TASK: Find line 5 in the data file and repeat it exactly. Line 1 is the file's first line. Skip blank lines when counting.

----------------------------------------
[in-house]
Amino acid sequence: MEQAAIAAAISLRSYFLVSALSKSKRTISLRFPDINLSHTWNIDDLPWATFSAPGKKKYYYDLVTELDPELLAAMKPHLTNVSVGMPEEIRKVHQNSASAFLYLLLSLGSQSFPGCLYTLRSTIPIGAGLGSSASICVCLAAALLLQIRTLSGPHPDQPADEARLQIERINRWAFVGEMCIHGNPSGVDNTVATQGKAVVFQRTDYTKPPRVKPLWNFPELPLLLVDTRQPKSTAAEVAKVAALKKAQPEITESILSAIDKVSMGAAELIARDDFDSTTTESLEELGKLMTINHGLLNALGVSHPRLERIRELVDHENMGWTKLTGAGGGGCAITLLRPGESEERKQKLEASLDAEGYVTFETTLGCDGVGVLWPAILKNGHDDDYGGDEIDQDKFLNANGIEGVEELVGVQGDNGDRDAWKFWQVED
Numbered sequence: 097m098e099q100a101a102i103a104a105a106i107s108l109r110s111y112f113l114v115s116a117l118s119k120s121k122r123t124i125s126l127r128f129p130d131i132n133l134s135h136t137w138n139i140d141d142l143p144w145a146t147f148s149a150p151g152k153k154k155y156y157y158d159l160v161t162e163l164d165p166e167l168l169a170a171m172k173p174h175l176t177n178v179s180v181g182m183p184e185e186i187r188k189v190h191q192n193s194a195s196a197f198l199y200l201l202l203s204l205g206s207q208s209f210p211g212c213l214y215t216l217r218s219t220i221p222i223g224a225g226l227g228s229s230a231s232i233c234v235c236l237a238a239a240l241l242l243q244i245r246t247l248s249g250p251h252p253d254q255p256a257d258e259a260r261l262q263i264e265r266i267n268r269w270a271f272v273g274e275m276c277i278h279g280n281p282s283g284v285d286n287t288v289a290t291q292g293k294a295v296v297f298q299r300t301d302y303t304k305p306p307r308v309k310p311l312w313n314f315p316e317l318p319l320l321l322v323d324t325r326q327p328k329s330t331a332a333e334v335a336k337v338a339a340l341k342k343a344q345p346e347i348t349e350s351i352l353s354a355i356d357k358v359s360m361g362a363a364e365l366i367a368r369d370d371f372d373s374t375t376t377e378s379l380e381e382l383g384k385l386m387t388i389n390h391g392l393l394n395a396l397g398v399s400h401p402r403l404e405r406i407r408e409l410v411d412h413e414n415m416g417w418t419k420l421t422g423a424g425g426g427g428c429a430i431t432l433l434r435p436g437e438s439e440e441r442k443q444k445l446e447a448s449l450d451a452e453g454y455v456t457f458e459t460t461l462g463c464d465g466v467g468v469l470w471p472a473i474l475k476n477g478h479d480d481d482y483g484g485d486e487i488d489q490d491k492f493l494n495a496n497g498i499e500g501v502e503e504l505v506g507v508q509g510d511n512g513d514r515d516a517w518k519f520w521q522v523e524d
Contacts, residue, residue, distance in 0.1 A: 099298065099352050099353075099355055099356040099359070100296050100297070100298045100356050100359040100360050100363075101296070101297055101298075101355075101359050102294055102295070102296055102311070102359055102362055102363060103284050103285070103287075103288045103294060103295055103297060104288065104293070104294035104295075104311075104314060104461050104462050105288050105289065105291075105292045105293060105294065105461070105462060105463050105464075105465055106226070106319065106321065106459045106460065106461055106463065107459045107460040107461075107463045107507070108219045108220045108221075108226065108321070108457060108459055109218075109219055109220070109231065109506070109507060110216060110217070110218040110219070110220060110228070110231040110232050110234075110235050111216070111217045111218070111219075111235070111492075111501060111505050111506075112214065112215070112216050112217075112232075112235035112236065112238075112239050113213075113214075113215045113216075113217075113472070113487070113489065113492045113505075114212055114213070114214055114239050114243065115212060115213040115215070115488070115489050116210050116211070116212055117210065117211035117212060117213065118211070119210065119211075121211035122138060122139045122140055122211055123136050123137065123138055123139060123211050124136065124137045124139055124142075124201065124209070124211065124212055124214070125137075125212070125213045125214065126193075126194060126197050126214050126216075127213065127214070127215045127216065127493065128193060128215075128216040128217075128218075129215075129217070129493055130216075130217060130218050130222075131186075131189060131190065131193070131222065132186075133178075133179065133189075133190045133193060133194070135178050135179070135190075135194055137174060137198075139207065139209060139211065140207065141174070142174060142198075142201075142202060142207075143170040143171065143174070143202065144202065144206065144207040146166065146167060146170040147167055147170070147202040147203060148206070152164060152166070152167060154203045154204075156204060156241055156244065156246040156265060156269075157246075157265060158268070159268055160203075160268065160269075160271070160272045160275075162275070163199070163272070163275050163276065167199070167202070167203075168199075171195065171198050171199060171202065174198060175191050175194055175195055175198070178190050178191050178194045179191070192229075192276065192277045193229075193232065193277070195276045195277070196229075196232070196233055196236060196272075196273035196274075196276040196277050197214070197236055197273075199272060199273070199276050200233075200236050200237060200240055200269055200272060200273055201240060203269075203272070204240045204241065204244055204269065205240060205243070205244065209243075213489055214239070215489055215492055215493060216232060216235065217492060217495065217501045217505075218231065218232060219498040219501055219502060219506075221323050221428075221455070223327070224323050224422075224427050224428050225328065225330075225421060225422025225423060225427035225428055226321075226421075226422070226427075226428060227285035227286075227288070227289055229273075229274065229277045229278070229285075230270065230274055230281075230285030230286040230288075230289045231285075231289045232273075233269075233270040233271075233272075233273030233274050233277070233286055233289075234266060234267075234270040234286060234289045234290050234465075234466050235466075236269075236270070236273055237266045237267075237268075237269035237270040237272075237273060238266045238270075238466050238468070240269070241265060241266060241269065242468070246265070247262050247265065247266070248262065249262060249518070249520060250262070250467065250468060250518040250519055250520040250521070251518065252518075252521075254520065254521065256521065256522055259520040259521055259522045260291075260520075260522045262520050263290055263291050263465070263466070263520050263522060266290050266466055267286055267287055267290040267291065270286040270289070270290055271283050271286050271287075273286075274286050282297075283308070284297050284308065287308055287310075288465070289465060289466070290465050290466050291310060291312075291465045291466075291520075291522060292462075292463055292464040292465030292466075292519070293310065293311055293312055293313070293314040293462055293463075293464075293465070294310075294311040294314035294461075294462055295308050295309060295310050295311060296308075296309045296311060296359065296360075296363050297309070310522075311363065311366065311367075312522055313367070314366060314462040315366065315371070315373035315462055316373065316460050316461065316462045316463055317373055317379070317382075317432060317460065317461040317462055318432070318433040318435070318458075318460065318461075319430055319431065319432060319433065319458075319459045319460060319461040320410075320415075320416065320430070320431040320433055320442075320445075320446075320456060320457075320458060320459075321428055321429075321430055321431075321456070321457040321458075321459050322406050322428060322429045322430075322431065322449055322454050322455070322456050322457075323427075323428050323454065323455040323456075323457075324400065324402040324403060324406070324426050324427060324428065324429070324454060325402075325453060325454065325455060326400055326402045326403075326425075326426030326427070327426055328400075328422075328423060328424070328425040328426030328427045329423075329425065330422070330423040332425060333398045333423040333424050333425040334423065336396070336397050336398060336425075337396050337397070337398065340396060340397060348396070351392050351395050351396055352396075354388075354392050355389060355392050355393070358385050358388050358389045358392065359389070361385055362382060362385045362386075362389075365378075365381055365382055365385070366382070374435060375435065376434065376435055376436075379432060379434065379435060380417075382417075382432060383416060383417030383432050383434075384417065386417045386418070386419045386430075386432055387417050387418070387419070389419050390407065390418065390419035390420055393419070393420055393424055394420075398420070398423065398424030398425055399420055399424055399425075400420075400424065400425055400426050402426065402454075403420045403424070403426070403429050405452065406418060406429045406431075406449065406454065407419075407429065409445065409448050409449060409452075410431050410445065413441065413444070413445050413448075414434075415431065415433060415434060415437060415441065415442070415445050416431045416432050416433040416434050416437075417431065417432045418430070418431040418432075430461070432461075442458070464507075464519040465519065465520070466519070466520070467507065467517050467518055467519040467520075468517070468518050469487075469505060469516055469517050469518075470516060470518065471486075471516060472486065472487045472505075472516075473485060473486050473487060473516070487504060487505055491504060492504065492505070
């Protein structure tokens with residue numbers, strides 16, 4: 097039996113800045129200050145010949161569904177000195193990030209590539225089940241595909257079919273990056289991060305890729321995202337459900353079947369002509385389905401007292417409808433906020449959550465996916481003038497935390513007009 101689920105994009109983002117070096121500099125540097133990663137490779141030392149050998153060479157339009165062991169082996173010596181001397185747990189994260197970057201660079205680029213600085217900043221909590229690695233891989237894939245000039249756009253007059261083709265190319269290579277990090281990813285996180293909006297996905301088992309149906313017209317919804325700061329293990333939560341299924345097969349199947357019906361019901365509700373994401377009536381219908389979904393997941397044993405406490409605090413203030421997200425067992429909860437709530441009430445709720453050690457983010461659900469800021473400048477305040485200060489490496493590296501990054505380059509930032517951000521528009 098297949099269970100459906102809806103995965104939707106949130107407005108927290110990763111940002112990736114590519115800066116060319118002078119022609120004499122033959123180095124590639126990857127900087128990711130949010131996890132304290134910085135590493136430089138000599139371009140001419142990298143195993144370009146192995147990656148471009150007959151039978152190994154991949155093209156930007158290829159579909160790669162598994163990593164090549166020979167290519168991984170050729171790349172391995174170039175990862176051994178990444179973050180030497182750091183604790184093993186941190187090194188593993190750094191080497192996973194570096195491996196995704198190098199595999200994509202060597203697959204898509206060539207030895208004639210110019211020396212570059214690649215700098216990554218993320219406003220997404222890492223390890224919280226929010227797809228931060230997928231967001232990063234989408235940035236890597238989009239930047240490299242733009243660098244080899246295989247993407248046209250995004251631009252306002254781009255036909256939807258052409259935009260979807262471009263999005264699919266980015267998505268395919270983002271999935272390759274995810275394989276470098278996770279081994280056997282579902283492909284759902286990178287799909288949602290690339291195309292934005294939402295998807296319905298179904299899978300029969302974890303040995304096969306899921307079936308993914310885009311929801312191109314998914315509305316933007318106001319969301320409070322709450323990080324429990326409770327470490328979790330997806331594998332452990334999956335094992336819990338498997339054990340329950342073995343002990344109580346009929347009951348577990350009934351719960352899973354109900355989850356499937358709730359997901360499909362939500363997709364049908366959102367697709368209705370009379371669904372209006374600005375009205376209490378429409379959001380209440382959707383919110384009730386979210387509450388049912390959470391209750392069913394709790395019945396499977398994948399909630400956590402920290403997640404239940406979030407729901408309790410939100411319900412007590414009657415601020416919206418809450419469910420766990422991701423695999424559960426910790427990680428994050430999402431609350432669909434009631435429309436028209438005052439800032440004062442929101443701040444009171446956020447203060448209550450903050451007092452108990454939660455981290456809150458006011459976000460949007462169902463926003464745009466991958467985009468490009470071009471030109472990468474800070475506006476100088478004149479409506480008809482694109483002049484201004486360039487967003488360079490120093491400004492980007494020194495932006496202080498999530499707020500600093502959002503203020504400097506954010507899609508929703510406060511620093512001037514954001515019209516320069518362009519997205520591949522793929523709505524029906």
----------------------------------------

């Protein structure tokens with residue numbers, strides 16, 4: 097039996113800045129200050145010949161569904177000195193990030209590539225089940241595909257079919273990056289991060305890729321995202337459900353079947369002509385389905401007292417409808433906020449959550465996916481003038497935390513007009 101689920105994009109983002117070096121500099125540097133990663137490779141030392149050998153060479157339009165062991169082996173010596181001397185747990189994260197970057201660079205680029213600085217900043221909590229690695233891989237894939245000039249756009253007059261083709265190319269290579277990090281990813285996180293909006297996905301088992309149906313017209317919804325700061329293990333939560341299924345097969349199947357019906361019901365509700373994401377009536381219908389979904393997941397044993405406490409605090413203030421997200425067992429909860437709530441009430445709720453050690457983010461659900469800021473400048477305040485200060489490496493590296501990054505380059509930032517951000521528009 098297949099269970100459906102809806103995965104939707106949130107407005108927290110990763111940002112990736114590519115800066116060319118002078119022609120004499122033959123180095124590639126990857127900087128990711130949010131996890132304290134910085135590493136430089138000599139371009140001419142990298143195993144370009146192995147990656148471009150007959151039978152190994154991949155093209156930007158290829159579909160790669162598994163990593164090549166020979167290519168991984170050729171790349172391995174170039175990862176051994178990444179973050180030497182750091183604790184093993186941190187090194188593993190750094191080497192996973194570096195491996196995704198190098199595999200994509202060597203697959204898509206060539207030895208004639210110019211020396212570059214690649215700098216990554218993320219406003220997404222890492223390890224919280226929010227797809228931060230997928231967001232990063234989408235940035236890597238989009239930047240490299242733009243660098244080899246295989247993407248046209250995004251631009252306002254781009255036909256939807258052409259935009260979807262471009263999005264699919266980015267998505268395919270983002271999935272390759274995810275394989276470098278996770279081994280056997282579902283492909284759902286990178287799909288949602290690339291195309292934005294939402295998807296319905298179904299899978300029969302974890303040995304096969306899921307079936308993914310885009311929801312191109314998914315509305316933007318106001319969301320409070322709450323990080324429990326409770327470490328979790330997806331594998332452990334999956335094992336819990338498997339054990340329950342073995343002990344109580346009929347009951348577990350009934351719960352899973354109900355989850356499937358709730359997901360499909362939500363997709364049908366959102367697709368209705370009379371669904372209006374600005375009205376209490378429409379959001380209440382959707383919110384009730386979210387509450388049912390959470391209750392069913394709790395019945396499977398994948399909630400956590402920290403997640404239940406979030407729901408309790410939100411319900412007590414009657415601020416919206418809450419469910420766990422991701423695999424559960426910790427990680428994050430999402431609350432669909434009631435429309436028209438005052439800032440004062442929101443701040444009171446956020447203060448209550450903050451007092452108990454939660455981290456809150458006011459976000460949007462169902463926003464745009466991958467985009468490009470071009471030109472990468474800070475506006476100088478004149479409506480008809482694109483002049484201004486360039487967003488360079490120093491400004492980007494020194495932006496202080498999530499707020500600093502959002503203020504400097506954010507899609508929703510406060511620093512001037514954001515019209516320069518362009519997205520591949522793929523709505524029906």